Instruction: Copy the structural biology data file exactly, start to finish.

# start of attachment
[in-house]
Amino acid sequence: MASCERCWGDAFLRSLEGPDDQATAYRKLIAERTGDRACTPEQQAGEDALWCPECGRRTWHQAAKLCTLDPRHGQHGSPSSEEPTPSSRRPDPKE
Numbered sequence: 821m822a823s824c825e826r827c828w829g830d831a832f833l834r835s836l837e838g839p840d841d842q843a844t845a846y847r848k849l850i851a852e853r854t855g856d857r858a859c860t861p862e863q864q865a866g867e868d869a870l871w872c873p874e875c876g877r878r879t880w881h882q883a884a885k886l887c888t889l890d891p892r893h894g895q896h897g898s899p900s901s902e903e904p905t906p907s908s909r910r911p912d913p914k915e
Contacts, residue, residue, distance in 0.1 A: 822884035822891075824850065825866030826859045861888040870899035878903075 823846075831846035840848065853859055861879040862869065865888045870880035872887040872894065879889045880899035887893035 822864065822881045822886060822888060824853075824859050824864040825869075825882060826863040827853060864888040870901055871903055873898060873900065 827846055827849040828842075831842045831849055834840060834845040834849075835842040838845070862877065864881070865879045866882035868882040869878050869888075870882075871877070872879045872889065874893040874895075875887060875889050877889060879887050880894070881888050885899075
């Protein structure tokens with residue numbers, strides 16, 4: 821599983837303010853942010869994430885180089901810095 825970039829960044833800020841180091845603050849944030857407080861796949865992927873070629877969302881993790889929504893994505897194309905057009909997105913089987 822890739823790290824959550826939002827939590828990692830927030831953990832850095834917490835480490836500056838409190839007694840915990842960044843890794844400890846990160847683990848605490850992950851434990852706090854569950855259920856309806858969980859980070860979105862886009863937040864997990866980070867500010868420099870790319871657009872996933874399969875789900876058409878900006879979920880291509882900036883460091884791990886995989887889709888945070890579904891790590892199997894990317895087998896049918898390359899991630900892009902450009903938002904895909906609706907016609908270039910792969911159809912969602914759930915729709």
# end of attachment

[in-house]
Amino acid sequence: MASCERCWGDAFLRSLEGPDDQATAYRKLIAERTGDRACTPEQQAGEDALWCPECGRRTWHQAAKLCTLDPRHGQHGSPSSEEPTPSSRRPDPKE
Numbered sequence: 821m822a823s824c825e826r827c828w829g830d831a832f833l834r835s836l837e838g839p840d841d842q843a844t845a846y847r848k849l850i851a852e853r854t855g856d857r858a859c860t861p862e863q864q865a866g867e868d869a870l871w872c873p874e875c876g877r878r879t880w881h882q883a884a885k886l887c888t889l890d891p892r893h894g895q896h897g898s899p900s901s902e903e904p905t906p907s908s909r910r911p912d913p914k915e
Contacts, residue, residue, distance in 0.1 A: 822884035822891075824850065825866030826859045861888040870899035878903075 823846075831846035840848065853859055861879040862869065865888045870880035872887040872894065879889045880899035887893035 822864065822881045822886060822888060824853075824859050824864040825869075825882060826863040827853060864888040870901055871903055873898060873900065 827846055827849040828842075831842045831849055834840060834845040834849075835842040838845070862877065864881070865879045866882035868882040869878050869888075870882075871877070872879045872889065874893040874895075875887060875889050877889060879887050880894070881888050885899075
């Protein structure tokens with residue numbers, strides 16, 4: 821599983837303010853942010869994430885180089901810095 825970039829960044833800020841180091845603050849944030857407080861796949865992927873070629877969302881993790889929504893994505897194309905057009909997105913089987 822890739823790290824959550826939002827939590828990692830927030831953990832850095834917490835480490836500056838409190839007694840915990842960044843890794844400890846990160847683990848605490850992950851434990852706090854569950855259920856309806858969980859980070860979105862886009863937040864997990866980070867500010868420099870790319871657009872996933874399969875789900876058409878900006879979920880291509882900036883460091884791990886995989887889709888945070890579904891790590892199997894990317895087998896049918898390359899991630900892009902450009903938002904895909906609706907016609908270039910792969911159809912969602914759930915729709």